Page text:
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Philo's Portrayal of Moses in the Context of Ancient Judaism

Louis H. Feldman

 Philo's Portrayal of Moses in the Context of Ancient Judaism
Cloth Edition

Philo’s Portrayal of Moses in the Context of Ancient Judaism presents the most comprehensive study of Philo’s De Vita Mosis that exists in any language. Feldman, well known for his work on Josephus and ancient Judaism, here paves new ground using rabbinic material with philological precision to illuminate important parallels and differences between Philo’s writing on Moses and rabbinic literature.

One way in which Hellenistic culture marginalized Judaism was by exposing the apparent defects in Moses’ life and character. Philo’s De vita Mosis is a counterattack to these charges and is a vital piece of his attempt to reconcile Judaism and Hellenism. Feldman rigorously examines the text and shows how Philo presents an aretalogy similar to that of a mythical divine and heroic figure, by glorifying the birth, education, and virtues of Moses. Feldman demonstrates that Philo is careful to explain in a scientific way those portions of the Bible, particularly miracles, that appear incredible to his skeptical Hellenistic readers. Through Feldman’s careful analysis, Moses emerges as unique among ancient lawgivers.

Philo’s Portrayal of Moses in the Context of Ancient Judaism mirrors the organization of Philo’s biography of Moses, which is in two books, the first, in the style of Plutarch, proceeding chronologically, and the second, in the style of Suetonius, arranged topically. Feldman’s book discusses the life of Moses chronologically and in the third chapter examines his virtues topically. Feldman compares the particular features of Philo’s portrait of Moses with the way in which Moses is viewed both by Jewish sources in antiquity (including Pseudo-Philo; Josephus; Graeco-Jewish historians, poets, and philosophers; and in the Apocrypha, Pseudepigrapha, Samaritan tradition, Dead Sea Scrolls, and rabbinic tradition) and by non-Jewish sources, notably the Greek and Roman writers who mention him.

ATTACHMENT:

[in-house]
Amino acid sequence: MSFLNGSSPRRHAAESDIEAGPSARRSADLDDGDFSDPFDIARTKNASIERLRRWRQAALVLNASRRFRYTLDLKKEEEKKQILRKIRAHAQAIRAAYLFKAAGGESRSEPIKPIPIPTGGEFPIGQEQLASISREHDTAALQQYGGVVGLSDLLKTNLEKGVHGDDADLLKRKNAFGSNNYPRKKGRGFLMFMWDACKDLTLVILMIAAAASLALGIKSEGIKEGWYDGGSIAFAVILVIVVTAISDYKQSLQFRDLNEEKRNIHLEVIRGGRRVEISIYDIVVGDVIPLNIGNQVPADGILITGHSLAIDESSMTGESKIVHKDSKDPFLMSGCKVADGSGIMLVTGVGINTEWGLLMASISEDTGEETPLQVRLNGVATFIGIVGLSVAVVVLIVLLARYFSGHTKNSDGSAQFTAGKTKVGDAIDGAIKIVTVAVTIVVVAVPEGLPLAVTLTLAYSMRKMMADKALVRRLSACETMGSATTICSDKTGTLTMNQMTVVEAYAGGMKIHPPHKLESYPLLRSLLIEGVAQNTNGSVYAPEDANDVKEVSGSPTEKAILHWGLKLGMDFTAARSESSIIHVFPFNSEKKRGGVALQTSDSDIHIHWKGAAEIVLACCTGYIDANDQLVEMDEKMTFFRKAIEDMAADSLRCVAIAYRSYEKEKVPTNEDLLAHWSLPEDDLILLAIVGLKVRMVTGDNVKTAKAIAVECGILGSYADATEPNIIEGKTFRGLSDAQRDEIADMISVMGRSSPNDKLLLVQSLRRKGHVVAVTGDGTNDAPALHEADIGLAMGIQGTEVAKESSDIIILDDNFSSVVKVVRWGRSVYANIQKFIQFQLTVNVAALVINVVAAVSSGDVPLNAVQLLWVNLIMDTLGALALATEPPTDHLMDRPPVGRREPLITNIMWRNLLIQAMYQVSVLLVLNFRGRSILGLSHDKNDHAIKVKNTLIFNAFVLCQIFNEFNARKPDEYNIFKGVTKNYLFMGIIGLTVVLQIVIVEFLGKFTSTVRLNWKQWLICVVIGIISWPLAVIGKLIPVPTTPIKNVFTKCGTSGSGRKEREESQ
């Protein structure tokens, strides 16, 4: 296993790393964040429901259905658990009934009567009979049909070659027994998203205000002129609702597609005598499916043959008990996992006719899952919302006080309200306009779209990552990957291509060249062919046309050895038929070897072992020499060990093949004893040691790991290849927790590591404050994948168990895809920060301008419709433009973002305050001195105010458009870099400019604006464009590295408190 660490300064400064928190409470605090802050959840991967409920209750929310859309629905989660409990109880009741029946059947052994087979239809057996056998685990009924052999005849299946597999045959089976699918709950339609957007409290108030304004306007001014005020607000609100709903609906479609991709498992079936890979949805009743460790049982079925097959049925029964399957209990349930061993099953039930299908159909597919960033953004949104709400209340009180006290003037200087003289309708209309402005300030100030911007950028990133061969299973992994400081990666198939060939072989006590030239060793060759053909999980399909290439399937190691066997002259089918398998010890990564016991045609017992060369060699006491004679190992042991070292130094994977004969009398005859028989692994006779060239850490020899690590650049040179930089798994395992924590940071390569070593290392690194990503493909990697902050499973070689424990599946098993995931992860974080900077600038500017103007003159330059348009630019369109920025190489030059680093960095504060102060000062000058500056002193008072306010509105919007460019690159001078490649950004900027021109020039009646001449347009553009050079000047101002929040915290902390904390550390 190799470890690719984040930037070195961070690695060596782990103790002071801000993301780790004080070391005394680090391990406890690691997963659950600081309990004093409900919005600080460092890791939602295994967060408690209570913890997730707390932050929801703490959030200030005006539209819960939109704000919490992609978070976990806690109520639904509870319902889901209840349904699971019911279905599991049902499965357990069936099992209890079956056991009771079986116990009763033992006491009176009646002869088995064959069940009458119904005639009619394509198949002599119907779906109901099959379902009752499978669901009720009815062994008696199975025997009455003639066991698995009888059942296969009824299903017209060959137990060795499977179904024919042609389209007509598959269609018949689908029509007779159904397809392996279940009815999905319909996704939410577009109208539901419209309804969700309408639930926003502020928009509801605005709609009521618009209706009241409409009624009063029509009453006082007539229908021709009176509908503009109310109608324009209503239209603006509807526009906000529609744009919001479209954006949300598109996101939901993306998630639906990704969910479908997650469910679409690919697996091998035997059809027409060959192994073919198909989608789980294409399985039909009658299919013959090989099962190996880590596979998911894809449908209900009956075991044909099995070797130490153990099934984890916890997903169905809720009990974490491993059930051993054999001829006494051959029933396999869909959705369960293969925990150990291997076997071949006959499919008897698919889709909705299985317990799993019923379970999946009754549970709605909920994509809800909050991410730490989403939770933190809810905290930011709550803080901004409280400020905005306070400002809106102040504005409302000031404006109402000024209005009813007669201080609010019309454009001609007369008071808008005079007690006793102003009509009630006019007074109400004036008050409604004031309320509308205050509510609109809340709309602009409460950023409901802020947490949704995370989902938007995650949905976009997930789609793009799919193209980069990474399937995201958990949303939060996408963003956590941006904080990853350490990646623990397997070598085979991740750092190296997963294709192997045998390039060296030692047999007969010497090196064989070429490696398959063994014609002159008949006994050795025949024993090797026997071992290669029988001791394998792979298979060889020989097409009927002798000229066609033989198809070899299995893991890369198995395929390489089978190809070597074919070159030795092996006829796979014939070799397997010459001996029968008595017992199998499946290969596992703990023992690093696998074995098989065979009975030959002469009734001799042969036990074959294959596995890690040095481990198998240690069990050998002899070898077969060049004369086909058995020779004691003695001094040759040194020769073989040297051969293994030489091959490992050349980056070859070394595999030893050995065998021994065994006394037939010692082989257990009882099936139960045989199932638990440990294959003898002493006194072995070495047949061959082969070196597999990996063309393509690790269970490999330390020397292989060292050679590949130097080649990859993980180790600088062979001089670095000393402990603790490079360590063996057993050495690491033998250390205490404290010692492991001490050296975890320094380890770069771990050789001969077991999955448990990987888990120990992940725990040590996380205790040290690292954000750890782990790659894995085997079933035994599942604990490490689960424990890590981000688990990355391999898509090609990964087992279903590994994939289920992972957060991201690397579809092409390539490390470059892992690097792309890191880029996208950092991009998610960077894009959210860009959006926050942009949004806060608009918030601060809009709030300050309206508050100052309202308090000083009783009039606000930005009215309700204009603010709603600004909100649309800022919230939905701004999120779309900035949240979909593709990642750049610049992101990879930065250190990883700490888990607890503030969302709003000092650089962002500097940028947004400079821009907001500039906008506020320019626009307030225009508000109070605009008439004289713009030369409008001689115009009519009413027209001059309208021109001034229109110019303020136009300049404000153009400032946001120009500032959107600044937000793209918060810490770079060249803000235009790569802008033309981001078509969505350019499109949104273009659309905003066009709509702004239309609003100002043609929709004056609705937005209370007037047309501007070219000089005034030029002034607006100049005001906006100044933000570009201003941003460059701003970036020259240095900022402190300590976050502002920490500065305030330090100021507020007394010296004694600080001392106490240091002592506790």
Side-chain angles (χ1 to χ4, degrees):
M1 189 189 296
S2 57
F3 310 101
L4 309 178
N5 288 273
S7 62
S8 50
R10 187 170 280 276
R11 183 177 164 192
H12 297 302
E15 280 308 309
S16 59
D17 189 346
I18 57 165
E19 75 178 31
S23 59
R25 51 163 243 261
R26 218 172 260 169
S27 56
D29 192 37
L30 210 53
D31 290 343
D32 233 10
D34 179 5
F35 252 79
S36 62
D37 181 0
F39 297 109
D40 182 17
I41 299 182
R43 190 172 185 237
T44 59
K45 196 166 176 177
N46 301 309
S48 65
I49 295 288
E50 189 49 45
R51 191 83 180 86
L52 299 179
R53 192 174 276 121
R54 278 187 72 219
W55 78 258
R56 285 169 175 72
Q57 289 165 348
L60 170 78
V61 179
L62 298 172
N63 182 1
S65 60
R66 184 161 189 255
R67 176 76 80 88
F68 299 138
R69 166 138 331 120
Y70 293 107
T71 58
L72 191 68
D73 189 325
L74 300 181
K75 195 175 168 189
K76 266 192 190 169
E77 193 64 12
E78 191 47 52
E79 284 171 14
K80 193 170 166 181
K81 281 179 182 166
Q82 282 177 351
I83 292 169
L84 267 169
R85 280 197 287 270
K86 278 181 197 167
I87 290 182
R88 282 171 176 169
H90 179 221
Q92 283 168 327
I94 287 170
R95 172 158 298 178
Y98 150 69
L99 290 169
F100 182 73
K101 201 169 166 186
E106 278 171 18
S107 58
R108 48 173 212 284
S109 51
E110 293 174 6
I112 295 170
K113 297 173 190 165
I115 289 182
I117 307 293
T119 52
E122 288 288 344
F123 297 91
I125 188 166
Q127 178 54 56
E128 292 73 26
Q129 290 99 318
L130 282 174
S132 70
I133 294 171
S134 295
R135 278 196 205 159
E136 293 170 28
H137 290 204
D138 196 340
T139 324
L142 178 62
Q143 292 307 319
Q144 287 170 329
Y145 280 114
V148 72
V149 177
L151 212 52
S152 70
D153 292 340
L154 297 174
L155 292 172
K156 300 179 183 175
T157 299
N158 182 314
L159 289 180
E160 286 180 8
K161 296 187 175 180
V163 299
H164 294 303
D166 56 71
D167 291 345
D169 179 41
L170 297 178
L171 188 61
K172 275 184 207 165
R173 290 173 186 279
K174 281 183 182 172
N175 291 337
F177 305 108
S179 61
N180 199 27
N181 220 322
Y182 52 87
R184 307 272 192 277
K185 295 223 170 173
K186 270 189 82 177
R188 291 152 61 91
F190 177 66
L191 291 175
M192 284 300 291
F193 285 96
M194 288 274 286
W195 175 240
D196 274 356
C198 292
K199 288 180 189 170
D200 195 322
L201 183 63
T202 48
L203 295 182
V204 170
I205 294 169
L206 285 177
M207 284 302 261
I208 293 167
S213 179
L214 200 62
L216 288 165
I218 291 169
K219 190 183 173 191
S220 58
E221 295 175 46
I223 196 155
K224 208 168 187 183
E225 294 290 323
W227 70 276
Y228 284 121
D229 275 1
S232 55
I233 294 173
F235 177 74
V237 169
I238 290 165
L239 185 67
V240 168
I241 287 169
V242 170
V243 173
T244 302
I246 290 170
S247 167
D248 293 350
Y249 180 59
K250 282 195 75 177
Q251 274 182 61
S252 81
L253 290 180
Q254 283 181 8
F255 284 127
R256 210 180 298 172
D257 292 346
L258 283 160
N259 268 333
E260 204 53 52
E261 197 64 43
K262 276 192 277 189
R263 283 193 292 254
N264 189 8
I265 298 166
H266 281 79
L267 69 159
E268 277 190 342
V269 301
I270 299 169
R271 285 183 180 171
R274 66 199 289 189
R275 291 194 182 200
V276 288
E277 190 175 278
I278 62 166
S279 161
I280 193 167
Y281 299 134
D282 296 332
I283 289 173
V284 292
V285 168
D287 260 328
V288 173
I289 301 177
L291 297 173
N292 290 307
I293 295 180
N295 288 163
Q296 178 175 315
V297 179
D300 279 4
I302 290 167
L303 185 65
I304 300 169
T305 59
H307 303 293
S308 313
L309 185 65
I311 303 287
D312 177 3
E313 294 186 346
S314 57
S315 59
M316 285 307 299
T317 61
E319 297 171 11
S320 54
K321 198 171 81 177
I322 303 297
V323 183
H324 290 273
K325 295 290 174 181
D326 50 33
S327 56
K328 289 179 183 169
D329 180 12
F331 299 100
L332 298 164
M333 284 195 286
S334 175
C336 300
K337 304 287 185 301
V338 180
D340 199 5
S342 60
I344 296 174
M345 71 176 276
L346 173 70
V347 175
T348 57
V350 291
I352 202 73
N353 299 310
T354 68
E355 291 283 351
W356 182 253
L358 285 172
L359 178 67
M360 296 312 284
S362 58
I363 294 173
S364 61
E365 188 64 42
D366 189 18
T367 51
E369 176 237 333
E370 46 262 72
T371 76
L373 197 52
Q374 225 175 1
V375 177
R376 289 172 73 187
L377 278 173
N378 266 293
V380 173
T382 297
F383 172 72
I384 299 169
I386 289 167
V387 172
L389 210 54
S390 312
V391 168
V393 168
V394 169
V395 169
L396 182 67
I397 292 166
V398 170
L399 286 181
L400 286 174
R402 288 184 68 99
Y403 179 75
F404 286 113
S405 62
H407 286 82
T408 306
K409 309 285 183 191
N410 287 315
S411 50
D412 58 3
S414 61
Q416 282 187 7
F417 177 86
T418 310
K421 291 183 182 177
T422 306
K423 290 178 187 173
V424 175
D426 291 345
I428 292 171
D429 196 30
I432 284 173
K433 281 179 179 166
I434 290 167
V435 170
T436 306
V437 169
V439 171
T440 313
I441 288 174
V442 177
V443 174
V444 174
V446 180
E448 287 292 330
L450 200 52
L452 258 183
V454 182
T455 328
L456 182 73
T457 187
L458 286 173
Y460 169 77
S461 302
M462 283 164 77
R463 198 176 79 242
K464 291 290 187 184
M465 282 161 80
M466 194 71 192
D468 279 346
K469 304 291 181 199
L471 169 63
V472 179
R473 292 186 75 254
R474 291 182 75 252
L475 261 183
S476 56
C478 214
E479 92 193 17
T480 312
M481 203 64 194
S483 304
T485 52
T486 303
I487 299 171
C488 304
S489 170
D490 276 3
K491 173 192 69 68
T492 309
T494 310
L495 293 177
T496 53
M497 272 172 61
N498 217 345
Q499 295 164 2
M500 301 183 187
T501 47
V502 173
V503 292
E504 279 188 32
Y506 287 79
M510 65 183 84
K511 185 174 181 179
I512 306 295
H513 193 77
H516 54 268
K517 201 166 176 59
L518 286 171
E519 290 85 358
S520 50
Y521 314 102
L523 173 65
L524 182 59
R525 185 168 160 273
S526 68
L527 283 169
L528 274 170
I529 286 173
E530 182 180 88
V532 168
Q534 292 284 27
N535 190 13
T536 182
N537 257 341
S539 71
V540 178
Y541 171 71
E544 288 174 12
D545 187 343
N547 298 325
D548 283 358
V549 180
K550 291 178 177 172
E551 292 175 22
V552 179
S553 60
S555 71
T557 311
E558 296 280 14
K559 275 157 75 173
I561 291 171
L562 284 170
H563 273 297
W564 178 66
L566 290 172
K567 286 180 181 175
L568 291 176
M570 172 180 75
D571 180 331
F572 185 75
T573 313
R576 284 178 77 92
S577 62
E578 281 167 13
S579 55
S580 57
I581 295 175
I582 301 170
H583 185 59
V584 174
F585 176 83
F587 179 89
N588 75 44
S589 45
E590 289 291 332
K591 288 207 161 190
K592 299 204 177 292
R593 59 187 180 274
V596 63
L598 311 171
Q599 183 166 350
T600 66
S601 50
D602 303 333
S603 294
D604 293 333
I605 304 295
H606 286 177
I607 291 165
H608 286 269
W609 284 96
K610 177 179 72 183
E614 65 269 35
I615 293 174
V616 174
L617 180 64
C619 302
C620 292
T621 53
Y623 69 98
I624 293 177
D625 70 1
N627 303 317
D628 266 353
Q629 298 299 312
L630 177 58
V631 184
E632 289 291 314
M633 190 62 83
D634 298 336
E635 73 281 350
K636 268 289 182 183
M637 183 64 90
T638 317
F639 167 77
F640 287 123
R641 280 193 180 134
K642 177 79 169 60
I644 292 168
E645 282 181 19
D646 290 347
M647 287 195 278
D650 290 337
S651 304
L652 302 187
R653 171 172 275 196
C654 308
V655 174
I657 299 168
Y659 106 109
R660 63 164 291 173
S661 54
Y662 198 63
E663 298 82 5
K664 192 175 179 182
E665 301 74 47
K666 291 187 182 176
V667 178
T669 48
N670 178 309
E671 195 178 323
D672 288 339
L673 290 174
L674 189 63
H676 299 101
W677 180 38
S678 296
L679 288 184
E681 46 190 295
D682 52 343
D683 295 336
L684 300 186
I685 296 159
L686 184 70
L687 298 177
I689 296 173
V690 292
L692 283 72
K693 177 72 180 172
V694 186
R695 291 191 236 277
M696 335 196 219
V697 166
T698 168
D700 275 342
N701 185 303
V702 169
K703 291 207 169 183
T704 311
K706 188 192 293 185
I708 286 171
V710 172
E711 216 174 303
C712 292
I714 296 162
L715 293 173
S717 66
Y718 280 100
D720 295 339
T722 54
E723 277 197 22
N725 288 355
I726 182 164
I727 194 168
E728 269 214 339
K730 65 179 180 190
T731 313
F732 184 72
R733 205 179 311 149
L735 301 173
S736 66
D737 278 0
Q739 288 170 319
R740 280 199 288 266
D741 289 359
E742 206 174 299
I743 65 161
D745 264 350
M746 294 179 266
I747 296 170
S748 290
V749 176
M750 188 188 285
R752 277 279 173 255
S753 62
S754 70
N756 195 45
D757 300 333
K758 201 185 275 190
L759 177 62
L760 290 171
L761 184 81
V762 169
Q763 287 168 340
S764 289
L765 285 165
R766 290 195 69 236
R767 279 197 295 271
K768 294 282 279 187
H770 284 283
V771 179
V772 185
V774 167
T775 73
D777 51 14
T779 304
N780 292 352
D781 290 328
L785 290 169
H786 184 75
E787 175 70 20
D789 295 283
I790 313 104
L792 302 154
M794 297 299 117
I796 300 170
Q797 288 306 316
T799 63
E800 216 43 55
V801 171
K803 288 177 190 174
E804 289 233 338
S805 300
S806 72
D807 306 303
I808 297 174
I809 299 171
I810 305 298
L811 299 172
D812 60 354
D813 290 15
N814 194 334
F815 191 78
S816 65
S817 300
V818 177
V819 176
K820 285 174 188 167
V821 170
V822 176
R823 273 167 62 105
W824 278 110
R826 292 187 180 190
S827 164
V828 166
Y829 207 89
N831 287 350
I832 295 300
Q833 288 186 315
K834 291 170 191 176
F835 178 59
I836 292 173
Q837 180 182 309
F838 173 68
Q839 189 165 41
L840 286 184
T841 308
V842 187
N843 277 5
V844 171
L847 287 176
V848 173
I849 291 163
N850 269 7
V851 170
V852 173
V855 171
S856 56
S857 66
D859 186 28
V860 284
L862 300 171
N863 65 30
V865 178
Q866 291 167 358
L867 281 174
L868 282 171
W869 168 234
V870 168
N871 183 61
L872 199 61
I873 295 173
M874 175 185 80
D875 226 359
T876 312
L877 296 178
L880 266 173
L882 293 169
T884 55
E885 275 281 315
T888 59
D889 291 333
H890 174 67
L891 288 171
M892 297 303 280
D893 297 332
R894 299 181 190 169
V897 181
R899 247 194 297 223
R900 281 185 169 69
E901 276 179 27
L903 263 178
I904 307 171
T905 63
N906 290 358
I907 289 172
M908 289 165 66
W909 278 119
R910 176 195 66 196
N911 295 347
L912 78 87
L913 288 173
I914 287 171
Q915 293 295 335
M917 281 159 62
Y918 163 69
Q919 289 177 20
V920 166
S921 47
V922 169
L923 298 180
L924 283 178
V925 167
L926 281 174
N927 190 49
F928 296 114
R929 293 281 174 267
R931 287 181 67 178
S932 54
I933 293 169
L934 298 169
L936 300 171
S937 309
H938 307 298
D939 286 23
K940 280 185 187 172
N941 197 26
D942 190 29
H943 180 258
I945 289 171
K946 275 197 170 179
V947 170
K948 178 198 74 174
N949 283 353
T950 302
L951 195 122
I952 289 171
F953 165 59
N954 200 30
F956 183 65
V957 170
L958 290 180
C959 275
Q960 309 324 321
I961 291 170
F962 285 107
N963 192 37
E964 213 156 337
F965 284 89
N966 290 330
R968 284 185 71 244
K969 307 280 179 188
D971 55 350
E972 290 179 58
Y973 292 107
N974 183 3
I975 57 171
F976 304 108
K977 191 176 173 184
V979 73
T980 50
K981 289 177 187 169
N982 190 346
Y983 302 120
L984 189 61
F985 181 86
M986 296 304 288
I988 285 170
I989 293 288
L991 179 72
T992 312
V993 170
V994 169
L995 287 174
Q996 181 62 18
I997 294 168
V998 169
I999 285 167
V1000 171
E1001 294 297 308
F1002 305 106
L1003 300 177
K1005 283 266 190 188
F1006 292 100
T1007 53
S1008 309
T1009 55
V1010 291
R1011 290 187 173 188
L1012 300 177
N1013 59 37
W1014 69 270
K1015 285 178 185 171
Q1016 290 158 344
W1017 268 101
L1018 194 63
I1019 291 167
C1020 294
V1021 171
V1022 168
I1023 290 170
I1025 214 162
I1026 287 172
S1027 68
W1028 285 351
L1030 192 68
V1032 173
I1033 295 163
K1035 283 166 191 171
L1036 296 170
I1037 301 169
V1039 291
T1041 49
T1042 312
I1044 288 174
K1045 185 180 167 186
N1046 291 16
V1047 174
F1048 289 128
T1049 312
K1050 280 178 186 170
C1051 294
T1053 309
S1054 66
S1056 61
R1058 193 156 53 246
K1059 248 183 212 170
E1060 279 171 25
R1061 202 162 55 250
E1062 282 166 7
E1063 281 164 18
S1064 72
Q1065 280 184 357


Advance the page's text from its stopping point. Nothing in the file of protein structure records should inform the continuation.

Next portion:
“This book represents the first full-length treatment of Philo’s portrait of Moses in the De Vita Moysis. The work is erudite and careful. As is characteristic of Professor Feldman’s work as a whole, the strongest quality of this book is its comprehensive nature and encyclopedic learning. It will appeal to a significant number of scholars and students from a wide range of disciplines, including Second Temple Judaism, Rabbinic Judaism, New Testament, and the Early Church.” —Gregory E. Sterling, associate professor of theology, University of Notre Dame

ISBN: 978-0-268-02900-5

568 pages

“This book is a study of Philo’s De Vita Mosis, Feldman, well known for his work on Josephus and ancient Judaism, here uses rabbinic material to illuminate important parallels and differences between Philo’s writing on Moses and rabbinic literature. . . . Feldman shows how Philo glorifies the birth, education, and virtues of Moses and demonstrates that Philo is careful to explain in a scientific way those portions of the Bible, particularly miracles, that appear incredible to his skeptical Hellenistic readers.” — Shofar

“Feldman’s intention is to produce a comprehensive, systematic account of the depiction of Moses by Philo, chiefly by Philo’s De Vita Mosis (Mos.). In this, he succeeds. He organizes his work in imitation of Mos.: part one proceeds chronologically through the life of Moses; part two he organizes topically around ‘virtues’ of Moses, as does Philo.” — Bulletin for Biblical Research

“Feldman shows how Philo presents an aretalogy similar to that of a mythical divine and heroic figure by glorifying the birth, education, and virtues of Moses. He demonstrates that Philo is careful to explain in a scientific way those portions of the Bible, particularly miracles, that appear incredible to his skeptical Hellenistic readers. Moses, as presented by Philo, emerges as unique among ancient law givers.” — International Review of Biblical Studies

Christianity and Judaism in Antiquity